Fever, 1793
Fever, 1793
by Laurie Halse Anderson

Fever, 1793 Themes

Little Words, Big Ideas

Mortality

For whom does the bell toll? Well, dear reader, the bell tolls for you. Whether the line is spoken by Metallica, Ernest Hemingway, or the poet John Donne, all of them agree that some day, somewhere...

Suffering

As we find out in Fever, 1793, people can suffer in so many ways: physically, yes, but also emotionally. The pain of yellow fever completely transforms Matilda's body. She becomes pale and gaunt, t...

Family

What defines a family? Fever, 1793 is a book that would very much like to know. Matilda Cook begins the novel with a pretty small family: it's just her, her mother, and her grandfather. Her grandfa...

Visions of America

For Matilda Cook, the star of Fever, 1793, "America" means a very specific place: Philadelphia, the city of brotherly love, the city of her birth, and the city she very much loves. It's a regular m...

Dreams, Hopes, and Plans

Matilda Cook is a dreamer, just like that darn Jean-Pierre Blanchard she keeps mentioning (1.28). (You know, the guy who floated into the sky in a big yellow hot air balloon?) Like the visionary Bl...

Women and Femininity

What are the avenues offered to women in Philadelphia in 1793? Before the fever, Matilda's family assumes that she will find a nice young man like Edward Ogilvie and marry him. This, after all, is...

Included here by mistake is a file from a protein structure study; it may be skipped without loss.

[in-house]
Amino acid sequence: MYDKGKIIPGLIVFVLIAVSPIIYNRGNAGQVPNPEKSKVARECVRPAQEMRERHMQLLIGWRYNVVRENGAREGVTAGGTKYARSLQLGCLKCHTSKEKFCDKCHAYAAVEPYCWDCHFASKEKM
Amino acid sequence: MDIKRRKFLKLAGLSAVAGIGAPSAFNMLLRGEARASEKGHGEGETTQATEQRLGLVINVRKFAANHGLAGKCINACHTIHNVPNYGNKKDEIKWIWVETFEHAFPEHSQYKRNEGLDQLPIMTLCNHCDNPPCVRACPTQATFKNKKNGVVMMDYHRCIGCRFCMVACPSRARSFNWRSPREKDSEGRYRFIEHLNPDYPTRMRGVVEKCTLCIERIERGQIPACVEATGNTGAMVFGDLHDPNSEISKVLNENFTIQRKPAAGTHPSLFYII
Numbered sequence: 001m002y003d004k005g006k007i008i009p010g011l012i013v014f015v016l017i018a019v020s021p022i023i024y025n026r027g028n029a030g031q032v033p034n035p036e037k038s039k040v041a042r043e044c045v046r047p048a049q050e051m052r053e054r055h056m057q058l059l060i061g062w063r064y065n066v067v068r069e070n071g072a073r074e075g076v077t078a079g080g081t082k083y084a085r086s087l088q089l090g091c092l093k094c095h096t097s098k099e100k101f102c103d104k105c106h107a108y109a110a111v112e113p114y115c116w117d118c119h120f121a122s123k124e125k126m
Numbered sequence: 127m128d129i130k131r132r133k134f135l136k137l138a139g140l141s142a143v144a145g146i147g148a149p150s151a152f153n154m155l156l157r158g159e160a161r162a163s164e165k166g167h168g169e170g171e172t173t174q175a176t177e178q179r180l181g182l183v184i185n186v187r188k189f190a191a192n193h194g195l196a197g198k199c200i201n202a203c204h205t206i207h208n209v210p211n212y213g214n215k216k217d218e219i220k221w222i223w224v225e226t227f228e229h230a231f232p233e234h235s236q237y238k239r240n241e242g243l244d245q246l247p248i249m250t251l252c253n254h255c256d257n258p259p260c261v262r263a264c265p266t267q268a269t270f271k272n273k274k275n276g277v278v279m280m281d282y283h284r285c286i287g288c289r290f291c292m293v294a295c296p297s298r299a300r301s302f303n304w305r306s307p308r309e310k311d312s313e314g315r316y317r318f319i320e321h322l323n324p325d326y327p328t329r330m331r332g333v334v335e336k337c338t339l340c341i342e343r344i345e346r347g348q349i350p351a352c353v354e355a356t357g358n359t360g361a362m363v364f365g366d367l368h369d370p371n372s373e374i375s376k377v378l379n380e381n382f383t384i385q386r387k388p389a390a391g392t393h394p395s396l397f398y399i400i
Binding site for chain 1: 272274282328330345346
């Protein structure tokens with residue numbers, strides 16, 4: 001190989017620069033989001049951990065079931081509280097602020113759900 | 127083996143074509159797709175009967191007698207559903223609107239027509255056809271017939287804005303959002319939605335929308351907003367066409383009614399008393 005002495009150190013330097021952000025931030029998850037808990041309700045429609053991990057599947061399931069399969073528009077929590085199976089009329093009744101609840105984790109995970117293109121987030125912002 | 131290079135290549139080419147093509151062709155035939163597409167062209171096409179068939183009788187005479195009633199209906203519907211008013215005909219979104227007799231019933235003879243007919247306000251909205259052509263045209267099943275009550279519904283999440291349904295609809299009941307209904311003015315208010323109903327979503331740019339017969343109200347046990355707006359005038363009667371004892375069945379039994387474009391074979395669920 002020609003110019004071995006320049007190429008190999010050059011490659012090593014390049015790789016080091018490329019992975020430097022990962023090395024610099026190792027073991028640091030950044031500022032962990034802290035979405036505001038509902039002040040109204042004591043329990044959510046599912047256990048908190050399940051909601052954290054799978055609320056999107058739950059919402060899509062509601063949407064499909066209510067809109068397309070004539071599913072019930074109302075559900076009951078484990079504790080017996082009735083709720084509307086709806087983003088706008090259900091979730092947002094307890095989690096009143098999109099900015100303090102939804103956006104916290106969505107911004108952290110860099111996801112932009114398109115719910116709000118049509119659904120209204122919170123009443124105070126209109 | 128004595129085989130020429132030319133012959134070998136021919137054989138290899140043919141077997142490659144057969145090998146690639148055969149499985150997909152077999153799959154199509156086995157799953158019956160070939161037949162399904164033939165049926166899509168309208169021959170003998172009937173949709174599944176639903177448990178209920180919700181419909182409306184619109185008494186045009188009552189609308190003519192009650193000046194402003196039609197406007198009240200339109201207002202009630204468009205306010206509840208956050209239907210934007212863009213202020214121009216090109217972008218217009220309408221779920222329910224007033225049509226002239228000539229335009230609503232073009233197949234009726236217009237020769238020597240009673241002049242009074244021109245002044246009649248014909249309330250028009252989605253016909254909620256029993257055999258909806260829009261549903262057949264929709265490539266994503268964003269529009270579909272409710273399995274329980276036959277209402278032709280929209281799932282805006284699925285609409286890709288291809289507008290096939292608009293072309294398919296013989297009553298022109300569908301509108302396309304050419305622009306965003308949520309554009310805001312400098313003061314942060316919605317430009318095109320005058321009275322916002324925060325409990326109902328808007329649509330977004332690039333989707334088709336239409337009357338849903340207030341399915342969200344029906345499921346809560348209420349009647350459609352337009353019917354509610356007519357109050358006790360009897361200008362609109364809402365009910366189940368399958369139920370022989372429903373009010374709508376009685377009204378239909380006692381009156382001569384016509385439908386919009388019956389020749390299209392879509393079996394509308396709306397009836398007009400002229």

Foreignness and the 'Other'

Early on in Fever, 1793, rumors spread that it's the refugees who are responsible for the fever in Philadelphia. While many fleeing from Santo Domingo (now Haiti) were indeed carrying the virus, th...

Memory and the Past

Fever, 1793 is a historical novel, so it's no surprise that this is a book that has a hankering for the past. This applies to both personal history and the kind of History that gets a capital "H" t...

Transformations

When Fever, 1793 begins, fourteen-year-old Mattie Cook is a teenager from head to toe. This means that her life is made up of a series of changes, transformations, and metamorphoses. She's going th...

Science

If there's one thing we learn from Fever, 1793 it's that science isn't an exact science. Debates about the cause of the fever and its proper treatment rage through the hospitals and coffeehouses of...

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